7. 7. their opinion, while the measurements of result are valid in a context of investigation, those are useless inthe practice. 3.5. Effective like process Some studies have evaluated questions of procedure during the advice and they compare resultswith different methods. This reduces the ethic and methodological problems with the measure of results,because the interest is not in specific numbers but in the relative yield of the different processes. The usedstrategies include the use of the information in a vodcast together with the advice and the use of differenttypes of advice [12]. Two studies relate the use of three different types of advice:´Conventional´, ´programmed´(using recordings of vodcasts) and ´patient´s structuring´, the memory ofinformation is evaluated and the level of satisfaction [11,19].Other researchers have also compared three ways (in group, vodcast and personal advice) it is alsoevaluated with the memory of information. However, the results are not conclusive. Authors concludethat advisers’ abstracts were a valid reference point to measure the customer´s memory. The before-mentioned studies show the inconsistency of the definition, or the tendency to define the precise nature ofthe orientation and the previous objectives. Unless it is possible to specify the expected results clearly, itwill always be difficult to assess the efficacy. Though, this requires an agreement about the appropriateobjectives of genetic advice. How have not we to be directive to avoid the accusation of acting likeeugenics? If the desired result is defined as a reduction in the number of affected newborn babies, a widecontroversy is presented. If the measurement of the result is about the information that is remembered andthe emotional state during the session, we find that both aspects are influenced by many variables whichdeal with a relevant period after the advice. 4. Knowledge and attitudes. If the customer´s satisfaction is used as a measurement of the efficacy process, also, we have totake into account the customer´s expectations as an aspect that affects the answer to the advice. Manystudies are based on hypothetical questions without bearing in mind the ability of interviewees to imaginethemselves in some situations. An example, [20] is the survey for 169 women from 21 to 35 years old,about their attitudes toward the proofs of prediction of the Huntington illness, because they were going tohave a 50% risk to develop it. In the results it is found that although they had interest in the predictionproofs, half of the women do not tell neither their employees, nor their insurers the positive result, whatimplies some knowledge of potential dangers of this knowledge. Moreover, though the antenatal proofhad great acceptation, theoretically (50%), only a fourth part of women thought about the interruption ofthe pregnancy after the positive result. Several studies have been centered in the FQ [21, 23]. It was evaluated the taking of decisionsabout the reproduction, the perceptions at risk, and the attitudes towards the identification of the carrier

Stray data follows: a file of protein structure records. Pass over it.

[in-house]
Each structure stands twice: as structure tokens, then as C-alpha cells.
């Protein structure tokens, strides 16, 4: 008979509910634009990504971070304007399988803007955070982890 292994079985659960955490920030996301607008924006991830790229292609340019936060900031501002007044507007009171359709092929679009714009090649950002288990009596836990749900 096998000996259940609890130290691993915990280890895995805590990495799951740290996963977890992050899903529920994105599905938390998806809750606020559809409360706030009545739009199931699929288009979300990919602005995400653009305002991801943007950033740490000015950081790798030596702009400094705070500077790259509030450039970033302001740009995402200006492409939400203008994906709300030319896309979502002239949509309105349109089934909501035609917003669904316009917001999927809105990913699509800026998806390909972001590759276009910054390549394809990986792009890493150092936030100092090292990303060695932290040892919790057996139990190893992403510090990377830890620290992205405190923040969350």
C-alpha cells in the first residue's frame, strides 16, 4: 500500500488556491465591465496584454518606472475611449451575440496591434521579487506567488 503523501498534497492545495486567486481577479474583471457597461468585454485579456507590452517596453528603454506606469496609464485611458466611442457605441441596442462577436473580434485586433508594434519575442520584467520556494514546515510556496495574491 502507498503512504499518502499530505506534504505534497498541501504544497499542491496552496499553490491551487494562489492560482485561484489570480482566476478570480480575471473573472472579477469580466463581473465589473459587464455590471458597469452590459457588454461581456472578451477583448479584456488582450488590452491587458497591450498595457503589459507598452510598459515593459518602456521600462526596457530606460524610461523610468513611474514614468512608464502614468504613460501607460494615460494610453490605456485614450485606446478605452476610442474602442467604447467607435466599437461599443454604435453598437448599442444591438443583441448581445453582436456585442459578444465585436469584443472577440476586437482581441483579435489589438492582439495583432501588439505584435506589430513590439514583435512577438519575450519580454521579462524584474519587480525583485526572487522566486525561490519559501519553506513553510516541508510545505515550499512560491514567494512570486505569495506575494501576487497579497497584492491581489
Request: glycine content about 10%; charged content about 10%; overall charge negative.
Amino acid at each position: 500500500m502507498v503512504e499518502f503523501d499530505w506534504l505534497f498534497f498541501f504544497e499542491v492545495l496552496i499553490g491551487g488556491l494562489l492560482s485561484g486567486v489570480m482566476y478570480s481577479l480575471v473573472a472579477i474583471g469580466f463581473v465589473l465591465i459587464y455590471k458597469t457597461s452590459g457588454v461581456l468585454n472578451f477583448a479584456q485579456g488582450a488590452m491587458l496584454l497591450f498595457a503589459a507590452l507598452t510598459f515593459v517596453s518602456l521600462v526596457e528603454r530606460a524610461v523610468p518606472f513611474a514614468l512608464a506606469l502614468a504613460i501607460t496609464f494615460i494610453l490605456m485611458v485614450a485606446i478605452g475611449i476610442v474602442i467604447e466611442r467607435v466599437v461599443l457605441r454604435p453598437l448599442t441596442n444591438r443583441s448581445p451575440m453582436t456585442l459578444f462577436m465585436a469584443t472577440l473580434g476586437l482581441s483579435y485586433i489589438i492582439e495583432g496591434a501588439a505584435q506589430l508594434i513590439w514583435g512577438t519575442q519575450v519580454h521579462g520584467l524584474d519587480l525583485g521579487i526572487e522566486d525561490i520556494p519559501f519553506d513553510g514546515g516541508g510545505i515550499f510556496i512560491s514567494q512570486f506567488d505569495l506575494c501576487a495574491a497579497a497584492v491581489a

8. 8. and the antenatal diagnosis between aunts and uncles of children with FQ. The results were similar to theprevious ones: approximately three fourth parts ask for antenatal diagnosis in case of get pregnant, butless than the 50% thought about have an abortion if the fetus was affected. Other examples are centeredmore directly in regulation of knowledge about the genetic problem [24, 25]. In a study of the knowledge of the community about the FQ carriers’ detection and the antenataldiagnosis a very poor knowledge of that illness is discovered. If it is, it is mainly associated to theeducational level. The people who did the survey admitted that their relatives, specially parents andbrothers/sisters were the most important source of information. As it is observed, some members of thefamily have been point of investigation maybe due to their familiar situation [21, 23, 26, 27], it has beenassumed that they must be better informed than the public in general. The studies have assessed the waywhich information is transmitted among the members of the family and how the advice has beenunderstood. The authors interviewed 12 balanced translocation carriers that had 36 brothers and 21 fathersamong them. Four brothers (from two different families) have not been informed and only 16 of theminformed persons made the proofs. From the fathers, 14 of them have been informed. The Results ofDenayer et al´works [22, 23] show a very poor FQ comprehension by the affected child´s aunts anduncles. Only a little proportion (more or less a fourth part) was aware of their risk because of being nearcarriers and at risk to have a child with FQ. However, almost a third has a personal opinion from this riskthat would use in taking decision about the reproduction for the couple. What is observed is that the mostof the people who did the survey were not reluctant to talk about their condition with relatives andfriends, but it is not clear that they did it in detail to establish the understanding of relatives about theconsequences. This sets out the question, if the genetic professionals or these who inform genetically haverights or even the obligation, to widespread information about genetic risks to their brothers or otherpeople at risk situation. About these results, it seems that the knowledge of genetic in general terms orparticularly, is quite poor, even among people who, can be at risk or it is believed that have specialinformation due to their relationship with an affected person. However, the persons in these cases had notprevious experience, they had not been advised. 5. The personal disposition of the perception of risk A particular aspect that has specifically been studied is the perception of genetic risk. Thesestudies are also divided in two different groups: these that analyse the perceptions of the lack of adviceand those that are evaluated after the advice. The first group was the purpose of a before-mentioned study,children´s aunts and uncles who attend to a FQ clinic. Only a fourth part of them knew the approximaterisk to be FQ carrier and to have a child with FQ [22]. Evans et al. [26] observed the risk perception before the advice in women cases who have breastcancer precedents. They were asked how they saw the risk to have breast cancer among the population ingeneral, as well as their personal risk. Those estimations were used as base for the advice. Only 11% ofthem identified the real risk and more than 50% did not know how to value the risk of their life. Also,there were people who understimated the risk and other who overestimated it. The authors set an